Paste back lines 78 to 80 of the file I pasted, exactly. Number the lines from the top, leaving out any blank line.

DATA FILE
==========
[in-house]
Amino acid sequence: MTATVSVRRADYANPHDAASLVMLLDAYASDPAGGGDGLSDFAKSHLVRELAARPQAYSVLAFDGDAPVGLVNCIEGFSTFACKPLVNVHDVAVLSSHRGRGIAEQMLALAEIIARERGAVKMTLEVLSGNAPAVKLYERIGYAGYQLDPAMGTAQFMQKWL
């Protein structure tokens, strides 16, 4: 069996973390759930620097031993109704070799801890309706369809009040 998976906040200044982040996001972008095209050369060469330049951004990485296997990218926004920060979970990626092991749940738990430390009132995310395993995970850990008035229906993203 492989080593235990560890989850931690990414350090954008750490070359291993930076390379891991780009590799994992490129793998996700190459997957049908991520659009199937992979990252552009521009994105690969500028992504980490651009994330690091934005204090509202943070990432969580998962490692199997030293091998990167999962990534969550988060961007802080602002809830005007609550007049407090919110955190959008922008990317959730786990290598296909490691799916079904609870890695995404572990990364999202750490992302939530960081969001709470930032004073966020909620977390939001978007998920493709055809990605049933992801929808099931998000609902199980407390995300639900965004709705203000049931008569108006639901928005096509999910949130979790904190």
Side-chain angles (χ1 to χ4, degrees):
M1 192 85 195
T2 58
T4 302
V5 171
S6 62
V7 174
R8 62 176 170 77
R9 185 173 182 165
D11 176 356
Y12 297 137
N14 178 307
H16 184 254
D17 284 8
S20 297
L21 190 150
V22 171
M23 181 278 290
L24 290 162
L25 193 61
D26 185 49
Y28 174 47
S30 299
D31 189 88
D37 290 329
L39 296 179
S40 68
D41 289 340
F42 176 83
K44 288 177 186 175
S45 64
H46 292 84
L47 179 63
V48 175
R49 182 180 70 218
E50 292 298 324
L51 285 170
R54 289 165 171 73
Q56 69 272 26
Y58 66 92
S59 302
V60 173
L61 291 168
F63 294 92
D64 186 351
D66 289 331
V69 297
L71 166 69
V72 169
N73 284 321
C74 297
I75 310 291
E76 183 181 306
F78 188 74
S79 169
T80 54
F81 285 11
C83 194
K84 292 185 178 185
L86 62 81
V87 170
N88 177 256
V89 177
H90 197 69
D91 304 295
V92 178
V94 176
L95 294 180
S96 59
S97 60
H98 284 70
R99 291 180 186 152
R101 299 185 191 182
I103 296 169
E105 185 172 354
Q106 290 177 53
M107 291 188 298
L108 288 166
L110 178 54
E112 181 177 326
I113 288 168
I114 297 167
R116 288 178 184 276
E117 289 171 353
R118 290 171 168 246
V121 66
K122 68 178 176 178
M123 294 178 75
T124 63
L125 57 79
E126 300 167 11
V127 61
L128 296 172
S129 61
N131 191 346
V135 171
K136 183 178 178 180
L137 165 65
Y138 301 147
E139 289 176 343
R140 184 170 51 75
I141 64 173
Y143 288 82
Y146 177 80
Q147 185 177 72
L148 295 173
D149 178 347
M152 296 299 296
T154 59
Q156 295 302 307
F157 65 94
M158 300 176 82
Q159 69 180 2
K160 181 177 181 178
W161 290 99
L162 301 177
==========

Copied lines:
E105 185 172 354
Q106 290 177 53
M107 291 188 298